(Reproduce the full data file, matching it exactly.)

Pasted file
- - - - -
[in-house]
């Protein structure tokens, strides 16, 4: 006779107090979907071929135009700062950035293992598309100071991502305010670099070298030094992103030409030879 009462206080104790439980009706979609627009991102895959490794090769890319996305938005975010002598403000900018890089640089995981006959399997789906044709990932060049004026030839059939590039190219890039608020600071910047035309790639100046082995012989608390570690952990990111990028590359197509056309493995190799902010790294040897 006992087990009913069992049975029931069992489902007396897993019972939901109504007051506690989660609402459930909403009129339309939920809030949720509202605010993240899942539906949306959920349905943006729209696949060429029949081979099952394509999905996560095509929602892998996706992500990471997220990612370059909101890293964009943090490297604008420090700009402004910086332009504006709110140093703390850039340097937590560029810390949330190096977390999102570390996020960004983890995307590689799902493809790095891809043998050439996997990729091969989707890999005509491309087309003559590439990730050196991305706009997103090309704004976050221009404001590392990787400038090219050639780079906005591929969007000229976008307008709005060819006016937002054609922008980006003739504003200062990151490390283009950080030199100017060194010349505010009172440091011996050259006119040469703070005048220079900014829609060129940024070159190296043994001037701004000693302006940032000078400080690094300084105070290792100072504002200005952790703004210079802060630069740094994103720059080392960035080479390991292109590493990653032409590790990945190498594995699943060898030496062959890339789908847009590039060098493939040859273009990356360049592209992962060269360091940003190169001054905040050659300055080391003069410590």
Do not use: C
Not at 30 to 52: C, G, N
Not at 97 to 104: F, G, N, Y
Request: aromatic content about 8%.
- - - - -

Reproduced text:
[in-house]
């Protein structure tokens, strides 16, 4: 006779107090979907071929135009700062950035293992598309100071991502305010670099070298030094992103030409030879 009462206080104790439980009706979609627009991102895959490794090769890319996305938005975010002598403000900018890089640089995981006959399997789906044709990932060049004026030839059939590039190219890039608020600071910047035309790639100046082995012989608390570690952990990111990028590359197509056309493995190799902010790294040897 006992087990009913069992049975029931069992489902007396897993019972939901109504007051506690989660609402459930909403009129339309939920809030949720509202605010993240899942539906949306959920349905943006729209696949060429029949081979099952394509999905996560095509929602892998996706992500990471997220990612370059909101890293964009943090490297604008420090700009402004910086332009504006709110140093703390850039340097937590560029810390949330190096977390999102570390996020960004983890995307590689799902493809790095891809043998050439996997990729091969989707890999005509491309087309003559590439990730050196991305706009997103090309704004976050221009404001590392990787400038090219050639780079906005591929969007000229976008307008709005060819006016937002054609922008980006003739504003200062990151490390283009950080030199100017060194010349505010009172440091011996050259006119040469703070005048220079900014829609060129940024070159190296043994001037701004000693302006940032000078400080690094300084105070290792100072504002200005952790703004210079802060630069740094994103720059080392960035080479390991292109590493990653032409590790990945190498594995699943060898030496062959890339789908847009590039060098493939040859273009990356360049592209992962060269360091940003190169001054905040050659300055080391003069410590």
Do not use: C
Not at 30 to 52: C, G, N
Not at 97 to 104: F, G, N, Y
Request: aromatic content about 8%.